NGOs fight swordfish fishery certification


SeafoodSource staff

Published on
April 10, 2011

Thirty-five environmental NGOs on Monday signed letter opposing Marine Stewardship Council certification of the Atlantic Canada longline swordfish fishery.

The fishery is currently under assessment, but last month third-party certifier Moody Marine recommended that it be certified. This would be the world’s first pelagic longline fishing fleet to be certified under the London-based MSC program. The public-comment period ended on Monday, and the assessment process is expected to wrap up in May.

The 35 NGOs oppose the fishery’s certification mainly because of high bycatch levels, which they say have not been adequately addresses as part of the assessment process. According to the Ecology Action Center, the fishery has the highest bycatch-to-target-catch ratio of any Atlantic Canada fishery. Roughly 100,000 sharks — including blue, shortfin, mako and porbeagle sharks — and 1,400 sea turtles — including loggerhead and leatherback turtles — are unintentionally caught for every 20,000 swordfish harvested, said the organization.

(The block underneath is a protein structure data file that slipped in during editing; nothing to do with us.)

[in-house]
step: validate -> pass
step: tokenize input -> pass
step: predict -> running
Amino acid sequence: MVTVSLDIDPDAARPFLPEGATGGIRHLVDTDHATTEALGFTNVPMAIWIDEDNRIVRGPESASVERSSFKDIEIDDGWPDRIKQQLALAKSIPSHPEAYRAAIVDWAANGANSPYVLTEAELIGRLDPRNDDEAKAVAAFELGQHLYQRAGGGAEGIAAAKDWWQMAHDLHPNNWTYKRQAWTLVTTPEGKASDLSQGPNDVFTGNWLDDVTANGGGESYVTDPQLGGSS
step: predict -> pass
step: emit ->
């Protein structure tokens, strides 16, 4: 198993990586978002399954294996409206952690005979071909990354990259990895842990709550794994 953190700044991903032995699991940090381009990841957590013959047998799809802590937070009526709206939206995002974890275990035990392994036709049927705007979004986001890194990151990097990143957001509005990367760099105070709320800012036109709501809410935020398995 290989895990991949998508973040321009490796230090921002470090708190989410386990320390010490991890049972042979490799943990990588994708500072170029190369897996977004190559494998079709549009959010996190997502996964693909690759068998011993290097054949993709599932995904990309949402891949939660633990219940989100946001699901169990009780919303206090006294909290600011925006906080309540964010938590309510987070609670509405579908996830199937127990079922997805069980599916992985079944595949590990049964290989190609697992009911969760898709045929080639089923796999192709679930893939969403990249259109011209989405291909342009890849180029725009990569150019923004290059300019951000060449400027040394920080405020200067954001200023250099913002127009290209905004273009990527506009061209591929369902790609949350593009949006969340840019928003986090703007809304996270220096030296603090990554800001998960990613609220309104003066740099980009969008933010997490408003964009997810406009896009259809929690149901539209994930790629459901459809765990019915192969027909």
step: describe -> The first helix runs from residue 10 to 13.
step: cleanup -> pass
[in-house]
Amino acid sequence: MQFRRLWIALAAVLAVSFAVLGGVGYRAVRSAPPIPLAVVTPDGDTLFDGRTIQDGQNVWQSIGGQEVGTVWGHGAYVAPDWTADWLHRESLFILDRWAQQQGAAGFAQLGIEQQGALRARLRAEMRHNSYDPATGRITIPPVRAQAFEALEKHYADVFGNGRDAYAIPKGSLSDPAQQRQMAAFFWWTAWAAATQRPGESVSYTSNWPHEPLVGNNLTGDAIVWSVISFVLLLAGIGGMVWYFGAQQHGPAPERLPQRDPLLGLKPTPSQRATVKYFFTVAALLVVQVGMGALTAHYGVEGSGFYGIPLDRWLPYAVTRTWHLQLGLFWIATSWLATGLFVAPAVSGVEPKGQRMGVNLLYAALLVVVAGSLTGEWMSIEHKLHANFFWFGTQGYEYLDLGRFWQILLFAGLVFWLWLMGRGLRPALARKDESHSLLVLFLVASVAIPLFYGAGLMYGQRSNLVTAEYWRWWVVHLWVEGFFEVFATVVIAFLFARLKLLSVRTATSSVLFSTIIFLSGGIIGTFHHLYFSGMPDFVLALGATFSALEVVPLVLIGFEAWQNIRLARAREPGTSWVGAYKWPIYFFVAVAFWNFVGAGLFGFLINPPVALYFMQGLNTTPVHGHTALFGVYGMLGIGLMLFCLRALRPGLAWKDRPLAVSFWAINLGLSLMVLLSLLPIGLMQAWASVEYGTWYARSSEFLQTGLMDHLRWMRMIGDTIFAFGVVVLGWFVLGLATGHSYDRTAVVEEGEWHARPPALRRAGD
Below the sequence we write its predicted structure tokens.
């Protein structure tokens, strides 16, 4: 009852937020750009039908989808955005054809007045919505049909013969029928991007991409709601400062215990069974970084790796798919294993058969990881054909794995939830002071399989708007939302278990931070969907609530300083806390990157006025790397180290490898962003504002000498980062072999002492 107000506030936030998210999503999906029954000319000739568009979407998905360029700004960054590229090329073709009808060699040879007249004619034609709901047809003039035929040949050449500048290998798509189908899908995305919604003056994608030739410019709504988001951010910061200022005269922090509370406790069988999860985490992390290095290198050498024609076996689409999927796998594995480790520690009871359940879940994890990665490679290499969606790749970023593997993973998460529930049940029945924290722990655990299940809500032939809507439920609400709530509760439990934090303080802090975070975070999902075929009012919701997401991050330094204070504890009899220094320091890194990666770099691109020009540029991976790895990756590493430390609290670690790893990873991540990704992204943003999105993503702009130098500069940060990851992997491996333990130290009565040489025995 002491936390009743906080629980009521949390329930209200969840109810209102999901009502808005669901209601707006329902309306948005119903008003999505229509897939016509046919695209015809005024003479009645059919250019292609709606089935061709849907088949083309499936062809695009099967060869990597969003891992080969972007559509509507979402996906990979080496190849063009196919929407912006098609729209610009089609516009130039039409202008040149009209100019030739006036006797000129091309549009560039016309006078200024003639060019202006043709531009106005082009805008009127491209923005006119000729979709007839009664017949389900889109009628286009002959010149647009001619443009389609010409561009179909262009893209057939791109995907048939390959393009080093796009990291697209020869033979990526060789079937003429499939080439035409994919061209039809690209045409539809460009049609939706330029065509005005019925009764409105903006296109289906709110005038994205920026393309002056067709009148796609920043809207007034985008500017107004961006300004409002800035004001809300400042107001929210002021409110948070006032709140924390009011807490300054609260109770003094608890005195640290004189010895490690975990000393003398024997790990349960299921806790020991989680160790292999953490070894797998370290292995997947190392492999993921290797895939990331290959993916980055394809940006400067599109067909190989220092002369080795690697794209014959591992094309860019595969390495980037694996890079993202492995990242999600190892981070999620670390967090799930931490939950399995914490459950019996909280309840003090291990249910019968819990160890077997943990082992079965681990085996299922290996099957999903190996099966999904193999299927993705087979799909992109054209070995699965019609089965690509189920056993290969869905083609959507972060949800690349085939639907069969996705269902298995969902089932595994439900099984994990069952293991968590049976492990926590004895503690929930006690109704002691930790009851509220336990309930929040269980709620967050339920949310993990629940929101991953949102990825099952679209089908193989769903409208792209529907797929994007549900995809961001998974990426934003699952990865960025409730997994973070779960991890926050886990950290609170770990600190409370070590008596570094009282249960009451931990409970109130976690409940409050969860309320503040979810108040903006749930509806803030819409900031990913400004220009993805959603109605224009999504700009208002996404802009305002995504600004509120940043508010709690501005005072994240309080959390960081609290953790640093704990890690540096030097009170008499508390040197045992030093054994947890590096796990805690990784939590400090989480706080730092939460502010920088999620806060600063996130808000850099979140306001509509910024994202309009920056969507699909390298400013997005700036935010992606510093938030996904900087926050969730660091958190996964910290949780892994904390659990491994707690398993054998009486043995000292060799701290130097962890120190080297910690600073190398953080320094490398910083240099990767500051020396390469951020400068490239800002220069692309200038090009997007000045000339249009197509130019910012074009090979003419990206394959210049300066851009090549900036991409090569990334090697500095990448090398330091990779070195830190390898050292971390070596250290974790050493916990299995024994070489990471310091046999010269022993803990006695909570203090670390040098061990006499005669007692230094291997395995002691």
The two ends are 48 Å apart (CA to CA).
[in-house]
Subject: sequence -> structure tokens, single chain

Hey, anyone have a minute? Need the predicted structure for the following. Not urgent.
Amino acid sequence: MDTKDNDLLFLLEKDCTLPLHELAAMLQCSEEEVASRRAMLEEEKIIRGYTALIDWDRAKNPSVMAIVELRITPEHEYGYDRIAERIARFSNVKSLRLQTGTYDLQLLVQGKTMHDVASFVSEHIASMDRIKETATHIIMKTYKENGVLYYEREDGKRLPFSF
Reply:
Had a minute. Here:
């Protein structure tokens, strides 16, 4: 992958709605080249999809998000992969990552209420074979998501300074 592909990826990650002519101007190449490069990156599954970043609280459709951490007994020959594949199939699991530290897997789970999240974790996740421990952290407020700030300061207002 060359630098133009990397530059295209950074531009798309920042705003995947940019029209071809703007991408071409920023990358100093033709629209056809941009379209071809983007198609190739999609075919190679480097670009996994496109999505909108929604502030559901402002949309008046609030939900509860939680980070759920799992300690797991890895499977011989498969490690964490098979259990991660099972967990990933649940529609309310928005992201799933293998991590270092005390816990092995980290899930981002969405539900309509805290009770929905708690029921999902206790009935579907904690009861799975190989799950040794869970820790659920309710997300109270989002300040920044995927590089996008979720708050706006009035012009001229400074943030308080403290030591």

“This certification will further erode public confidence in the MSC label. There is growing consumer awareness and demand for sustainable seafood, but when fisheries that clearly have an impact on vulnerable species are deemed sustainable, one wonders what these certifications actually mean,” said Shannon Arnold, marine coordinator at the Ecology Action Centre.

“This fishery has received a lot of attention, primarily because it is the first surface longline fishery in the world to seek MSC certification. This fishing gear is a leading cause of major declines in the global ocean’s predators and sea turtles,” added Arnold.

Among the 35 NGOs are the David Suzuki Foundation, Oceana, Greenpeace, Sierra Club Canada and Turtle Island Restoration Network.

The potential certification of the Atlantic Canada longline swordfish fishery was the subject of the inaugural installment of SeafoodSource’s “Ask the Editor.” Click here to watch the video and view readers’ comments on the matter.

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